Yeshivat Ateret Yerushalayim

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Parshat Bereishis 5783
Rabbi Jablinowitz

We read in this week’s parsha that after Adam Harishon sins, he is banished from Gan Eden. The pasuk states (Chapter 3, Pasuk 23), וישלחהו ד' אלוקים מגן עדן לעבוד את האדמה; Hashem sent him out from Gan Eden to work the land. There are two things that need to be understood in this pasuk. Firstly, though it’s clear that Adam is sent out due to his sin, what is this task he is given of working? And further, he was already tasked with work when he was brought to Gan Eden, as the pasuk says (Chapter 2, Pasuk 15), וינחהו בגן עדן לעבדה ולשמרה. What is the difference between the work he did before, as opposed to the work he did after he was sent out?

The Targum Yonoson and Pirkei D’Rabbi Eliezer teach on our pasuk that when Adam Harishon was placed in Gan Eden his “work” was meant to be in Torah. Similarly, Chazal teach on the pasuk in Iyov (Chapter 5, Pasuk 7), אדם לעמל יולד; man was put into the world in order to toil. And the Gemara in Sanhedrin 89B learns that the toil referred to in the pasuk is to work hard in Torah. This working in Torah was also the appointed task of Adam in Gan Eden. The Tikunei Zohar teaches that when the Torah teaches us that Adam Harishon was placed in Gan Eden לעבדה ולשמרה, the word לעבדה refers to performing positive commands, and the word לשמרה refers to keeping the negative commands. All he needed to do was focus on Torah.

But then Adam ate from the Eitz Ha’Da’as. Instead of living in a world filled only with good and the purity of the Torah, Adam had to deal with a new reality of good and evil mixed together. As the pasuk says after he sinned, וישלחהו ד' אלוקים מגן עדן. He was sent away from his pristine life and now faced a life filled with temptation and desire. His new world was a confused mixture of good and evil.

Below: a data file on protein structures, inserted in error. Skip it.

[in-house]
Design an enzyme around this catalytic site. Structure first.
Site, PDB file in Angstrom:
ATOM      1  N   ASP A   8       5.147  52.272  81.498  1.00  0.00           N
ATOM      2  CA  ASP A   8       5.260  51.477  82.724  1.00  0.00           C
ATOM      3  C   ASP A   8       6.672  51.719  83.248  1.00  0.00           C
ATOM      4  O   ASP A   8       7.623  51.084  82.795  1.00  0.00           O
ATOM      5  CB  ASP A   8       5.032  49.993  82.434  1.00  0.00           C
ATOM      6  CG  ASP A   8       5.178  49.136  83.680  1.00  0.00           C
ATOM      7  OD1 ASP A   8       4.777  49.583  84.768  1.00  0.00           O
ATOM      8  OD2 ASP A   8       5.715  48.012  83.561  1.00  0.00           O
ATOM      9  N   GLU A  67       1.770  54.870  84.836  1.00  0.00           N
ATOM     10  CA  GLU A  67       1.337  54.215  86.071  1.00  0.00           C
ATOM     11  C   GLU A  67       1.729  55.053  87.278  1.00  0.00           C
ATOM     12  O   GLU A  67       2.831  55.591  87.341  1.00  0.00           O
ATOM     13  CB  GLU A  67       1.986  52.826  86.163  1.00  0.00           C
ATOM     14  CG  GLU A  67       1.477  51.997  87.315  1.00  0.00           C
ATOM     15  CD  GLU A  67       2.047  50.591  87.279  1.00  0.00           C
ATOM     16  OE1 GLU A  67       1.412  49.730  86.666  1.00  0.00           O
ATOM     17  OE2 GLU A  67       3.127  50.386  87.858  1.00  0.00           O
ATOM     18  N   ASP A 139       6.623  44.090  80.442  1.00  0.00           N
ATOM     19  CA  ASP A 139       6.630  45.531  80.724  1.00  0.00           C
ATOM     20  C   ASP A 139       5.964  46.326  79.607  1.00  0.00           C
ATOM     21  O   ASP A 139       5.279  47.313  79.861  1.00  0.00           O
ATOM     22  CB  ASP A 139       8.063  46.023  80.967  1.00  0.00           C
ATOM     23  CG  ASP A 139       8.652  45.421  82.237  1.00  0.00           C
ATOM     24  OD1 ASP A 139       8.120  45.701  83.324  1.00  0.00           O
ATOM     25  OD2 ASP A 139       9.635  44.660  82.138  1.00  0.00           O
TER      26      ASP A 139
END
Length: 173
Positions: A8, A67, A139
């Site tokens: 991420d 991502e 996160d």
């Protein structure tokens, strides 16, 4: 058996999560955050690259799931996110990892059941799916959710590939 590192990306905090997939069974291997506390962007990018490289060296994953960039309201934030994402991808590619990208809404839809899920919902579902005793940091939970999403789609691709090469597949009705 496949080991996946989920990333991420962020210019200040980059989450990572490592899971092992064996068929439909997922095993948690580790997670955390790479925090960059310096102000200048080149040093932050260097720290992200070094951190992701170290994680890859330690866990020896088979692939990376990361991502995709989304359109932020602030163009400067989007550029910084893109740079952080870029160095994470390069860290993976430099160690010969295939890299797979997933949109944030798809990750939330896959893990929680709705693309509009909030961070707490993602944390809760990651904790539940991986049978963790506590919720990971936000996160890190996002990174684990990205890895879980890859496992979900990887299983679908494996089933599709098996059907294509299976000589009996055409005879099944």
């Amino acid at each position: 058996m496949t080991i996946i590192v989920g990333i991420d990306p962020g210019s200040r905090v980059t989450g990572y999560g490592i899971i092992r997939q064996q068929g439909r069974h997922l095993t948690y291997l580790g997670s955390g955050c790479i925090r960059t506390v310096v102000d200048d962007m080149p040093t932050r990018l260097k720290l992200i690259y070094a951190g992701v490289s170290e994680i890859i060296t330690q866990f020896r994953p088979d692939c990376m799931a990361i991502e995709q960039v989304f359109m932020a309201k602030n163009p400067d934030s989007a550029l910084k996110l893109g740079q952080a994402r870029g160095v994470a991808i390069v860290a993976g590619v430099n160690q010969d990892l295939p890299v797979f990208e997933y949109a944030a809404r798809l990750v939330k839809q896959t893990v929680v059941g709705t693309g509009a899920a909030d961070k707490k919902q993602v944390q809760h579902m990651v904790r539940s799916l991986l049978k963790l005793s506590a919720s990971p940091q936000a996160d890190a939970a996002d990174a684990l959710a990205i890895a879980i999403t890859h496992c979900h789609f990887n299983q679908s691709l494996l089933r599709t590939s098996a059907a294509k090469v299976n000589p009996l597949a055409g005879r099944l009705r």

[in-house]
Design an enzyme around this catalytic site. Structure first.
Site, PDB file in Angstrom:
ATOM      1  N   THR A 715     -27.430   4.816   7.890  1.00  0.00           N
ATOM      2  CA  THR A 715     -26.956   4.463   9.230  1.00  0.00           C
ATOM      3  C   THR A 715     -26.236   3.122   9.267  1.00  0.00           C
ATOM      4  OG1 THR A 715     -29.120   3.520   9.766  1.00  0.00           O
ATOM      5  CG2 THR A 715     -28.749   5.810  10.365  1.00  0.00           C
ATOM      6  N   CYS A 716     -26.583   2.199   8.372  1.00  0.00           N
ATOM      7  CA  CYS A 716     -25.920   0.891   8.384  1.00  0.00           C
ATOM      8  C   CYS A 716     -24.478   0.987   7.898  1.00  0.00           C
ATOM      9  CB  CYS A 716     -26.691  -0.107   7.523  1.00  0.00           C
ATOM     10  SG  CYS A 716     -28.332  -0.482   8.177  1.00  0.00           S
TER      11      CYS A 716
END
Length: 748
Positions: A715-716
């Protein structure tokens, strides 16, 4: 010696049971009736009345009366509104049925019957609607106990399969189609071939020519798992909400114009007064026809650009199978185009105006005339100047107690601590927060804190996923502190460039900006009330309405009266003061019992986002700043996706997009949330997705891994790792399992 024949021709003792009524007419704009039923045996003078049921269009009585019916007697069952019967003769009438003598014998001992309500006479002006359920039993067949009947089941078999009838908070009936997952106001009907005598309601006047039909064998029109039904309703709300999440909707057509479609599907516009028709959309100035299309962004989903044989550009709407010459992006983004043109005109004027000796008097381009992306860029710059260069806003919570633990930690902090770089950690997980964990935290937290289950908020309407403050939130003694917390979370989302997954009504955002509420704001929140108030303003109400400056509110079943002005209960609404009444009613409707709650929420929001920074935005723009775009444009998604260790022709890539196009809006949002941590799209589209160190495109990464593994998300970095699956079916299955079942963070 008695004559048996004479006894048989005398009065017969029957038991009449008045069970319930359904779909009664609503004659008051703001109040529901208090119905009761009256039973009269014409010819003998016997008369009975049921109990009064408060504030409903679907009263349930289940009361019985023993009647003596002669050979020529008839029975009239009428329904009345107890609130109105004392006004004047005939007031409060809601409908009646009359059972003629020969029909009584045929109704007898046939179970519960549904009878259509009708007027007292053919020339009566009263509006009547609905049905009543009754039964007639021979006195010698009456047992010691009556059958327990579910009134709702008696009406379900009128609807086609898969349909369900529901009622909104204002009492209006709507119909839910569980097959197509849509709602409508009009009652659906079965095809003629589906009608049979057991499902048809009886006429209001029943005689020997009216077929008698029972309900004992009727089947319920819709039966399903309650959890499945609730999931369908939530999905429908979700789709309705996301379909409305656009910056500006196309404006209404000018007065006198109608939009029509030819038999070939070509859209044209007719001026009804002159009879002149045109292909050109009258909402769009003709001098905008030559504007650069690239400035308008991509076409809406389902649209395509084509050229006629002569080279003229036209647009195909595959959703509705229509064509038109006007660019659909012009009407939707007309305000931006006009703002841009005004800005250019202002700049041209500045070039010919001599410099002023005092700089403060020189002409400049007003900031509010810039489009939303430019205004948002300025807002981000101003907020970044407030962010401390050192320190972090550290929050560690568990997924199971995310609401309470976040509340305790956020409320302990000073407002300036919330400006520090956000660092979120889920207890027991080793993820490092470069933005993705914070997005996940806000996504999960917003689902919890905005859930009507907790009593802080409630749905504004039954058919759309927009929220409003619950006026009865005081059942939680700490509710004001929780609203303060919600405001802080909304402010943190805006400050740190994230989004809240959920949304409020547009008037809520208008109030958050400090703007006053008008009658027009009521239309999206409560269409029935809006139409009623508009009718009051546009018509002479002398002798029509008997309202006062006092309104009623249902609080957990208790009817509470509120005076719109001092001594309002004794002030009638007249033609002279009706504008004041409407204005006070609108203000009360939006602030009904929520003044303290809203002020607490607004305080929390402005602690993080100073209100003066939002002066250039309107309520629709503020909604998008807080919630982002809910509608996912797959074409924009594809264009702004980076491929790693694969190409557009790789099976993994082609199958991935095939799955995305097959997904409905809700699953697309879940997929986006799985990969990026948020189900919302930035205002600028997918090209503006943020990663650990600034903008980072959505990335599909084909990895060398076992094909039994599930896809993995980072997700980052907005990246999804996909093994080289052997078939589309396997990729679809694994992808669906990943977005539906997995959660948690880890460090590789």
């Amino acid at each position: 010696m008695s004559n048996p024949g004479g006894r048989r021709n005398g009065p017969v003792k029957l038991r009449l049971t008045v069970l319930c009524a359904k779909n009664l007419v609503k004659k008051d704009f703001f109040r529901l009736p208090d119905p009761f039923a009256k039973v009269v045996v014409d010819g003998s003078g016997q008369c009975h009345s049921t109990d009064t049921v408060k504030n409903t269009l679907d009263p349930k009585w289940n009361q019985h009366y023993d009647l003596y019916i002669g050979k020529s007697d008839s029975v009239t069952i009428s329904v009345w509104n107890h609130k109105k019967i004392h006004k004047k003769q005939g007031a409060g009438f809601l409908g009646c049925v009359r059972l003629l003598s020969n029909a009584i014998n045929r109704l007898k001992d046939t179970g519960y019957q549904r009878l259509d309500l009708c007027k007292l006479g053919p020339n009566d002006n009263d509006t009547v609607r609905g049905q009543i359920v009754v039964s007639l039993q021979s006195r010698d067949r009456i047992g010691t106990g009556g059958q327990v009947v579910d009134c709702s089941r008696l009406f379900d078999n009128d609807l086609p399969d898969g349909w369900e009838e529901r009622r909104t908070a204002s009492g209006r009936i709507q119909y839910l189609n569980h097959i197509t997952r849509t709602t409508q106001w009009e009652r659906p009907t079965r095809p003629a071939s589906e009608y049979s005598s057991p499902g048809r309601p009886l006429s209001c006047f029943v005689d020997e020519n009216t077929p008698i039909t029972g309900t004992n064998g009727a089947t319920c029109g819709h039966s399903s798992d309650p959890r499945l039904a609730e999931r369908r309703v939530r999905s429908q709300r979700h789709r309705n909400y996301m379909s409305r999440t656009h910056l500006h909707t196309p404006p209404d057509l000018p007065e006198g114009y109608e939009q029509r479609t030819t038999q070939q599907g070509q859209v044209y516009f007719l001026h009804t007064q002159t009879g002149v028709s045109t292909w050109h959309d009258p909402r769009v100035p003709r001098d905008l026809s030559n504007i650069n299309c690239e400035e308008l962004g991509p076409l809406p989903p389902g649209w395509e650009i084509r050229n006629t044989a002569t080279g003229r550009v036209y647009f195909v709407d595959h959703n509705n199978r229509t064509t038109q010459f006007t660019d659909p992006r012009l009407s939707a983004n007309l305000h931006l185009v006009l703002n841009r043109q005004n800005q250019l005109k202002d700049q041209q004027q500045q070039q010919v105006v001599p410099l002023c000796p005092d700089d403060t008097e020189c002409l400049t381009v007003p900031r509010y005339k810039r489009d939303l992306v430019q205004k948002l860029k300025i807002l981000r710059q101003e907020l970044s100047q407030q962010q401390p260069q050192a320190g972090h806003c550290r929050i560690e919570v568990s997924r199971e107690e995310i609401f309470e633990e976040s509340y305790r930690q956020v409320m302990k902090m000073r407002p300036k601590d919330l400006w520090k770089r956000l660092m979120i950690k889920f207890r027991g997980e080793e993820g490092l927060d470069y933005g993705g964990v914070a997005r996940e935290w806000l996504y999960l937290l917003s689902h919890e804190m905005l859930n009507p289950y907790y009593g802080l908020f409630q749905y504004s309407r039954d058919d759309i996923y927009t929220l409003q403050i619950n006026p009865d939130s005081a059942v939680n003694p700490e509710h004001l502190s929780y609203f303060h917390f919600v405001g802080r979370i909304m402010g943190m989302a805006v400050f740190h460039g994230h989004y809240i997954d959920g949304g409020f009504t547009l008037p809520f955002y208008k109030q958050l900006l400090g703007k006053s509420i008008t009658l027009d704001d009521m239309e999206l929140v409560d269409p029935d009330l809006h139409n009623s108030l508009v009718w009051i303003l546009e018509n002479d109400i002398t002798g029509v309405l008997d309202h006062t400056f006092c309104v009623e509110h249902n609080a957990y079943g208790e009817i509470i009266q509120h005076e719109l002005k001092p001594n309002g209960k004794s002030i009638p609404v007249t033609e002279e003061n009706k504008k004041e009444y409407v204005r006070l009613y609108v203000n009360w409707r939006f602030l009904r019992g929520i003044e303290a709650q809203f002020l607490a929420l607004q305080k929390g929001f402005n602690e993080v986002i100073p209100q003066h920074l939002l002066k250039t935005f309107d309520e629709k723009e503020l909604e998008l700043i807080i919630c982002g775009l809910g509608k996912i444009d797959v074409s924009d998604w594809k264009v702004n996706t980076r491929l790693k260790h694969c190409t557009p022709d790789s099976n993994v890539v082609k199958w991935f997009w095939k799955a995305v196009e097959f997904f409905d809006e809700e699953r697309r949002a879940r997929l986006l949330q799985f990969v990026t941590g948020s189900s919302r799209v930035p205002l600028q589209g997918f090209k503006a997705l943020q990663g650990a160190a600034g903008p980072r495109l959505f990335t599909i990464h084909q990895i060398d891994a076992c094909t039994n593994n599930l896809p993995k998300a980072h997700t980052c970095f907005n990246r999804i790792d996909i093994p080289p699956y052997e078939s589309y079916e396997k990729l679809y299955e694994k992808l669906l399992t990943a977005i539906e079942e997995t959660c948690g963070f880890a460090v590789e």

The Sfas Emes learns from the word וישלחהו that though he failed in his original task, he was given a new task, a new שליחות, albeit a more difficult one. He still needed to learn and keep the Torah. But instead of לעבדה ולשמרה, an idyllic life focused exclusively on Torah, he was now tasked with לעבוד את האדמה. Now his Torah learning and observance had to be accomplished within the physical world of pleasure, את האדמה. He needed to purify himself and improve his character traits first in order to keep the Torah. The next pasuk says לשמור את דרך עץ החיים, and Chazal teach from here (Tana D’Bei Eliyahu, Chapter 1), that דרך ארץ comes before the עץ חיים, the Torah. Now one must purify his body and soul first in order to learn Torah.

This ongoing struggle of man of connecting to Torah and holiness in the physical world is expressed during the six days of creation. We read in each day ויהי ערב ויהי בוקר; each day begins with a darkness, with a mixture of good and evil. And our job is to find the light, to reach the morning of בוקר. The Maharal explains that the root ב,ק,ר means to distinguish and clarify. We need to find the holy and separate the good from the bad, and remove the bad. This is our task in life, and this is the דרך ארץ necessary to learn Torah. On Shabbos, however, which is a taste of the world to come, the Torah doesn’t say ויהי ערב ויהי בוקר. The light of Shabbos permeates throughout the day and we can learn on a level similar to Adam Harishon before the sin. As Medrash Rabbah teaches (16,5) on the words וינחהו בגן עדן, זו מנוחה של שבת.  

The Sfas Emes explains that Adam Harishon was well-suited for the task. Having spent some time, albeit short, in Gan Eden, he knew what he was looking for. He had a taste for the holiness of the Torah and he went about trying to access it in the challenging environment of this world. And we need to do the same thing. The Gemara in Nidah 30B teaches that we learn the entire Torah in utero and then we forgot it. This is because, though we don’t remember what we learned, the experience of the Torah is within us and we go through life trying to recreate it. And this is what Adam Harishon needed to do as well; return to the glory of his life in Gan Eden.

The Gemara in Kiddushin 2B teaches that the reason a man gives Kiddushin to a woman, and not the other way around, is because it is the nature of a man to go searching for a woman. This is because the one who lost an object searches after his lost item; similarly a man needs to search for “his rib” that he lost when Gd created a woman. I once heard from Rav Moshe Shapiro zt”l that the same thing is true of our Torah. We spend our lives looking for own lost object, the Torah that we learned in the purity of our mother’s womb, and try to retrieve it and relearn it in the physical world.  

Good Shabbos                                       


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